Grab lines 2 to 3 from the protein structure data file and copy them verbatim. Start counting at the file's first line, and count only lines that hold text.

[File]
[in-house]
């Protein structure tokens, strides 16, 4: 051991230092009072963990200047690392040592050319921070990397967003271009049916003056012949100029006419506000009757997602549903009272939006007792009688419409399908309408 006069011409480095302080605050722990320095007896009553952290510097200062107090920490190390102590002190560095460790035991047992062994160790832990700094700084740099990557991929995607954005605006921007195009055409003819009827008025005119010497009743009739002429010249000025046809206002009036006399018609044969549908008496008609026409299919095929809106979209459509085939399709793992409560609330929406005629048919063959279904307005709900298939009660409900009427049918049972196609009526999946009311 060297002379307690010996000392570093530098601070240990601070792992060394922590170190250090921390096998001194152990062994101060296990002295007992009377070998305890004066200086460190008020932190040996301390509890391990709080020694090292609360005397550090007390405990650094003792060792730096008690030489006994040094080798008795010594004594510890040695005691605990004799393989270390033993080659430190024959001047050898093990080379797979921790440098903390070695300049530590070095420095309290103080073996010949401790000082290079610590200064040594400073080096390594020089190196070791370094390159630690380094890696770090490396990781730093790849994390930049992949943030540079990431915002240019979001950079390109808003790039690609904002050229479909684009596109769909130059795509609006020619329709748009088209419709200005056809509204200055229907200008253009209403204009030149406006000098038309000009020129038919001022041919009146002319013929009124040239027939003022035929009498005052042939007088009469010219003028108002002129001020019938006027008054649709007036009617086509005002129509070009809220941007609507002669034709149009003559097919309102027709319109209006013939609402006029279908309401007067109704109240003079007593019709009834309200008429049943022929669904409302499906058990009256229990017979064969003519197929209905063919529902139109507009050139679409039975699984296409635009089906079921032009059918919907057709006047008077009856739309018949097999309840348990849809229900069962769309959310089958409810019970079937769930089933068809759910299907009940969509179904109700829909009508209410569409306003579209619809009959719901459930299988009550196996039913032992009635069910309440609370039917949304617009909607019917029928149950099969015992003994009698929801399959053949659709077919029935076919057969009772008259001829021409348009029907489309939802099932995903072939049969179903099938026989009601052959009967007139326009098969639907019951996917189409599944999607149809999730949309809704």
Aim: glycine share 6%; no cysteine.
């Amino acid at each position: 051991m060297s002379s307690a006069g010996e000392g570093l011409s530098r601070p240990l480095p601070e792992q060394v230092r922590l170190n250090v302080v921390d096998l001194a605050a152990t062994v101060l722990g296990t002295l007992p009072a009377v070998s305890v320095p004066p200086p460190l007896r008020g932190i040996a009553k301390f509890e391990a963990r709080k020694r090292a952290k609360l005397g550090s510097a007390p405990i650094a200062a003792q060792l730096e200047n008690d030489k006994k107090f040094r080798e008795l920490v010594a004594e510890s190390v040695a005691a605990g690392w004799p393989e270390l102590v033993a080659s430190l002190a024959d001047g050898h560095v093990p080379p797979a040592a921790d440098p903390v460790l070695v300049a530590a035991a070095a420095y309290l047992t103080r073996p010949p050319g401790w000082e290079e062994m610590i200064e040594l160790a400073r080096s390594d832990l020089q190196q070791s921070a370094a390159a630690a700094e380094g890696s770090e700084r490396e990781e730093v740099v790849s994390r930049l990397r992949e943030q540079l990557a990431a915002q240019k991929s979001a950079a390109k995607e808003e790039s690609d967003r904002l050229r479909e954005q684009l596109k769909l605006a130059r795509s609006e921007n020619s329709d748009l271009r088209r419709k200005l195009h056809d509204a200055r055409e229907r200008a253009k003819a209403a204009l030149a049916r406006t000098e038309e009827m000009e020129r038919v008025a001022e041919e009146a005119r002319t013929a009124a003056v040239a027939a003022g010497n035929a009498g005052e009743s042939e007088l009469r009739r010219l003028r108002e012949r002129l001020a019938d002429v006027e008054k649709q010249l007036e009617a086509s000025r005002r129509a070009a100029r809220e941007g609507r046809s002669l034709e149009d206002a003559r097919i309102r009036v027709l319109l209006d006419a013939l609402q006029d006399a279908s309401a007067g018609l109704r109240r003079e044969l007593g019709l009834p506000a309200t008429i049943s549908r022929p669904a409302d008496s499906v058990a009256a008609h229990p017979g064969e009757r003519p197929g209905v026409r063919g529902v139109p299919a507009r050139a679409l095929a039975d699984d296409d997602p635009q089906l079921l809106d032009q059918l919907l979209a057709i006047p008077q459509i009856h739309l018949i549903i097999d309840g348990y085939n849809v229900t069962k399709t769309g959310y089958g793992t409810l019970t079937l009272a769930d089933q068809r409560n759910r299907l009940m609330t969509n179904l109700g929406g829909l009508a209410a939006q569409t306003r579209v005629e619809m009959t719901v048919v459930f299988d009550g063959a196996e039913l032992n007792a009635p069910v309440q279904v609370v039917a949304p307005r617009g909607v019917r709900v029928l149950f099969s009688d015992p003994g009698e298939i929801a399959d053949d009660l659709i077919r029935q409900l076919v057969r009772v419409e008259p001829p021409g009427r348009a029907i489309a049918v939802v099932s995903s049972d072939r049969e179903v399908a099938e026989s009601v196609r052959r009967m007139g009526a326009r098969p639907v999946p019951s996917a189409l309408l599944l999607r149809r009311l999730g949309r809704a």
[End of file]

């Protein structure tokens, strides 16, 4: 051991230092009072963990200047690392040592050319921070990397967003271009049916003056012949100029006419506000009757997602549903009272939006007792009688419409399908309408 006069011409480095302080605050722990320095007896009553952290510097200062107090920490190390102590002190560095460790035991047992062994160790832990700094700084740099990557991929995607954005605006921007195009055409003819009827008025005119010497009743009739002429010249000025046809206002009036006399018609044969549908008496008609026409299919095929809106979209459509085939399709793992409560609330929406005629048919063959279904307005709900298939009660409900009427049918049972196609009526999946009311 060297002379307690010996000392570093530098601070240990601070792992060394922590170190250090921390096998001194152990062994101060296990002295007992009377070998305890004066200086460190008020932190040996301390509890391990709080020694090292609360005397550090007390405990650094003792060792730096008690030489006994040094080798008795010594004594510890040695005691605990004799393989270390033993080659430190024959001047050898093990080379797979921790440098903390070695300049530590070095420095309290103080073996010949401790000082290079610590200064040594400073080096390594020089190196070791370094390159630690380094890696770090490396990781730093790849994390930049992949943030540079990431915002240019979001950079390109808003790039690609904002050229479909684009596109769909130059795509609006020619329709748009088209419709200005056809509204200055229907200008253009209403204009030149406006000098038309000009020129038919001022041919009146002319013929009124040239027939003022035929009498005052042939007088009469010219003028108002002129001020019938006027008054649709007036009617086509005002129509070009809220941007609507002669034709149009003559097919309102027709319109209006013939609402006029279908309401007067109704109240003079007593019709009834309200008429049943022929669904409302499906058990009256229990017979064969003519197929209905063919529902139109507009050139679409039975699984296409635009089906079921032009059918919907057709006047008077009856739309018949097999309840348990849809229900069962769309959310089958409810019970079937769930089933068809759910299907009940969509179904109700829909009508209410569409306003579209619809009959719901459930299988009550196996039913032992009635069910309440609370039917949304617009909607019917029928149950099969015992003994009698929801399959053949659709077919029935076919057969009772008259001829021409348009029907489309939802099932995903072939049969179903099938026989009601052959009967007139326009098969639907019951996917189409599944999607149809999730949309809704």
Aim: glycine share 6%; no cysteine.